9. Work With Former Clients Or Customers. If you already have a proven track record of success with happy former customers they should be the first clients you approach for your new venture. Customers know that people, not businesses are the key to delivering a great product, service or experience. And if you have delivered for your customers in the past, they will expect that you will do the same for them in the future.
This is how I launched my business. After nearly 20 years of working for other companies I started my own advertising and idea agency called The Weaponry. I talked to 5 former clients about my plans in order to get input, feedback, and hopefully interest in my new business. All 5 of them told me that if I did what I was planning to do they had work for me.
In fact, my Original 5 became my biggest cheerleaders. They wanted to see me succeed, and wanted to be part of that success. I think they felt as if they helped discover The Weaponry, in the same way Clive Davis discovered Whitney Houston. Let those former clients in on the experience. Let them help mold your offering to meet their needs.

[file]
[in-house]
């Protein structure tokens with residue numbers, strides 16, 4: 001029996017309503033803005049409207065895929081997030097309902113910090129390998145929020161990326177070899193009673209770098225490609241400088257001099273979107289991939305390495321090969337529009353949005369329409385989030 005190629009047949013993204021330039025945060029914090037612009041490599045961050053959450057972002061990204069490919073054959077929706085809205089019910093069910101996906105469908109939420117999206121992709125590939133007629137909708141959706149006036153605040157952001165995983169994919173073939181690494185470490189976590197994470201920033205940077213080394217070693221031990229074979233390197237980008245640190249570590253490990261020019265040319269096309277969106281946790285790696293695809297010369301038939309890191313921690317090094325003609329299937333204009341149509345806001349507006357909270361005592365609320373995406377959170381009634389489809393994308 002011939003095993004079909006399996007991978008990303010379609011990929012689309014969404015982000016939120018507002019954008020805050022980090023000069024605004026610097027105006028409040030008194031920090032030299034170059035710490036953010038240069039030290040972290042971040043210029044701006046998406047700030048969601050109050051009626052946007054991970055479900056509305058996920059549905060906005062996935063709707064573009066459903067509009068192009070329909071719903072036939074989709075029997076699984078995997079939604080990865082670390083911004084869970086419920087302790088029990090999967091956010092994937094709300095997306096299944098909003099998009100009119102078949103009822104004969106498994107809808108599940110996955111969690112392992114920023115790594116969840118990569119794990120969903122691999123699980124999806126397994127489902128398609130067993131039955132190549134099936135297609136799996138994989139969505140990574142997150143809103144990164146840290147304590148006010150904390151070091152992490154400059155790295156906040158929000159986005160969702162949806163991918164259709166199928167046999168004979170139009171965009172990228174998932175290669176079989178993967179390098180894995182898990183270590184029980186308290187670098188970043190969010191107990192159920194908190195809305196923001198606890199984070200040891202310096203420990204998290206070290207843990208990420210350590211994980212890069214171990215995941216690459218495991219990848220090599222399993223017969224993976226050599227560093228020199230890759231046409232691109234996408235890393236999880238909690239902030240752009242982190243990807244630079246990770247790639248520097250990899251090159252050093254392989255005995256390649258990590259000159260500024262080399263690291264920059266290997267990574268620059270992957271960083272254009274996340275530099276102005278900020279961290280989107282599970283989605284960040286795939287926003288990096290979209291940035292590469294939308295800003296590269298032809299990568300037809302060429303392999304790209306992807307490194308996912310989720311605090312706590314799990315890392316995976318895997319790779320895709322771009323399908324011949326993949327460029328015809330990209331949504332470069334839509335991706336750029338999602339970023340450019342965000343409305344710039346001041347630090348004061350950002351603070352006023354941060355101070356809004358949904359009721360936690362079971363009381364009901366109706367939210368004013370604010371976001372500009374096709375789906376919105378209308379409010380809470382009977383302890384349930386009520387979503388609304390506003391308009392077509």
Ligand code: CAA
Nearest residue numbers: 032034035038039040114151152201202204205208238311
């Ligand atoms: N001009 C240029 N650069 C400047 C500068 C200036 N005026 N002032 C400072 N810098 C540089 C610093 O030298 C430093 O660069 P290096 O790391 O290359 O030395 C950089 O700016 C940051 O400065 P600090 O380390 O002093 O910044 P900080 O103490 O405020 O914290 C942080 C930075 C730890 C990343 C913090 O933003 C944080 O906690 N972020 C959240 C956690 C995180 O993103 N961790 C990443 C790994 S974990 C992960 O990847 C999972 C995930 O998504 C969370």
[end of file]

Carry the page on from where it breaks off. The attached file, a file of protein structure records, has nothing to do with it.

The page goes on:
Because your former clients have history and trust with you, and they know you are starting something new, they will likely be more forgiving of you as you navigate the process for the first time.
Like so many others, I started The Weaponry as a side hustle. Not because I thought of it as a side hustle, but because I wanted to breathe life into it and gain momentum before I quit my day job. And I knew that my trusted former clients would understand why I needed to meet early, late or over a lunch hour. They wouldn’t expect me to be responsive throughout the day, and they would be forgiving of the various other quirks that came along with a startup side gig. And sometimes an understanding first customer is all you need.